Stigmatization of patients with mental health disorders by non-psychiatric health workers at a large teaching hospital in Accra
Background: Mental health service users are not only stigmatized by the general public but by health professionals as well.
Objective: To assess the presence of stigmatization among non- psychiatric health professionals in a tertiary hospital in Accra.
Design: This was a descriptive cross-sectional study Setting: Korle-Bu Teaching Hospital (KBTH), Accra
Participants: Doctors, pharmacists and nurses
Results: Stigmatization was present among non-psychiatric health workers in KBTH with a mean OMS-HC score of 35.0. There was no statistical difference between the mean scores of females and males (35.7 vs 35.0 respectively, p value= 0.144). Pharmacists and nurses had more stigmatizing attitude (37.0 and 37.2 respectively) than doctors (34.0) (p value=0.001). Respondents between the ages of 34 to 44 years had the most stigmatizing attitude (35.4) followed by those between 23 to 33 years (35.3). With respect to working experience, those who had worked for 10 years and more as well as respondents that had worked for a year or less had a more stigmatizing attitude with a score of 36.0. The major reasons why health professionals stigmatize include inadequate knowledge on mental disorders and how to approach them (79.5%) and fear of patients with mental illness (52%).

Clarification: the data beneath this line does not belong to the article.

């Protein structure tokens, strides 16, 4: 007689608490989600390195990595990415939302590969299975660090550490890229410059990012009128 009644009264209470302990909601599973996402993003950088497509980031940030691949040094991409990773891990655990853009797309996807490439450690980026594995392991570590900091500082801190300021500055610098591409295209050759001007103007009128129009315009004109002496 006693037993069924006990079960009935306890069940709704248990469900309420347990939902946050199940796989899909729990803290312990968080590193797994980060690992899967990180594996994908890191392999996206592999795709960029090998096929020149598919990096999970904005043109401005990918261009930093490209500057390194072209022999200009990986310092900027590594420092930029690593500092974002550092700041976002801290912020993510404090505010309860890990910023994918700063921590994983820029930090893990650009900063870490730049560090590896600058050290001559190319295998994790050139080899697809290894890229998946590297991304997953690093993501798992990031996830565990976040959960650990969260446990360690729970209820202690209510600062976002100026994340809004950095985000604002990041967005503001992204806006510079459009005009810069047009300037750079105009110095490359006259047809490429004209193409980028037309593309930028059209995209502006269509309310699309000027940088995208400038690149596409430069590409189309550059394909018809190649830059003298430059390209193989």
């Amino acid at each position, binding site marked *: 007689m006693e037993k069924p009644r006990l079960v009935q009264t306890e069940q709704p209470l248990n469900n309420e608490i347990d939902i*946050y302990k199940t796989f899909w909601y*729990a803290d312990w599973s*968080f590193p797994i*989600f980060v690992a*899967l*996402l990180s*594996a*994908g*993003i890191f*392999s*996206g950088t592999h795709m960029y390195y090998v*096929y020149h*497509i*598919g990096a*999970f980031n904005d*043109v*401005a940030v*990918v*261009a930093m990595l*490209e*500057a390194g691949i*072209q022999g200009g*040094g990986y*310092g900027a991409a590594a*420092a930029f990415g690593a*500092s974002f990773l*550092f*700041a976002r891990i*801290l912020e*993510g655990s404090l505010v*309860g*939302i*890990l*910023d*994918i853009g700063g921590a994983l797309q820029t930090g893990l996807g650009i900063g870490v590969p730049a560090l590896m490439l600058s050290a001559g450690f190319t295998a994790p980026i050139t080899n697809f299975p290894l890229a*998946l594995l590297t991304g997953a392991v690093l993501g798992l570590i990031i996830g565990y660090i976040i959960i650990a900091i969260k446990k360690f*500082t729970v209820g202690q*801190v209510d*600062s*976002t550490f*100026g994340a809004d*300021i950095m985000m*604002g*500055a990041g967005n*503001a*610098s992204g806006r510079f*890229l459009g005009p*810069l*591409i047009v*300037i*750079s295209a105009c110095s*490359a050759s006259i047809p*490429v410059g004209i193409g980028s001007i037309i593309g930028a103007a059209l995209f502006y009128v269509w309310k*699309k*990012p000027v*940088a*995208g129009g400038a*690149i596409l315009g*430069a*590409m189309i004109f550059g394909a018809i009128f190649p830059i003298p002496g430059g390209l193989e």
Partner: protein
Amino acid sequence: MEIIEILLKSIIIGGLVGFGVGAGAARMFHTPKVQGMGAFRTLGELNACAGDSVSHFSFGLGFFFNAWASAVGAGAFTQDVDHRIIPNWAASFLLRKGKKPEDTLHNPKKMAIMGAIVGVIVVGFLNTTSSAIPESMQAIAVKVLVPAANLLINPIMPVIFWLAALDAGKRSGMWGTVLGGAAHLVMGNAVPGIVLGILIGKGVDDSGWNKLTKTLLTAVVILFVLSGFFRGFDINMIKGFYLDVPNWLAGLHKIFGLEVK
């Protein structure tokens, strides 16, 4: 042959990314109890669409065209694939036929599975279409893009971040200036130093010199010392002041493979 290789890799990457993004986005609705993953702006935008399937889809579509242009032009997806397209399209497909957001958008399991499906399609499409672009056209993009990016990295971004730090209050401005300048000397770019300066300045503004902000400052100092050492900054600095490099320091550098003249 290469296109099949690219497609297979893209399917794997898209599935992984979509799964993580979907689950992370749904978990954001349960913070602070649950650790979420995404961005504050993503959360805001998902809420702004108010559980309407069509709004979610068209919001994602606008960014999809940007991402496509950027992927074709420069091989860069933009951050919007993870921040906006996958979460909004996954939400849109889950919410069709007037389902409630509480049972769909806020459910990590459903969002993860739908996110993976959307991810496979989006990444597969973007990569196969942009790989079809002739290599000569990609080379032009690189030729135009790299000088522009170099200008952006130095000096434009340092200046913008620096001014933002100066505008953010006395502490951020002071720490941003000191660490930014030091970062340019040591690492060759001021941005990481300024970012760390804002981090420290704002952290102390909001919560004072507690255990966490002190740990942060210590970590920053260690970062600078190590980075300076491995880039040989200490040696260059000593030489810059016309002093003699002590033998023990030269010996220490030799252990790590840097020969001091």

Conclusion: Institutional approach to reduce stigma among non-psychiatric health workers towards mental health service users is urgently needed.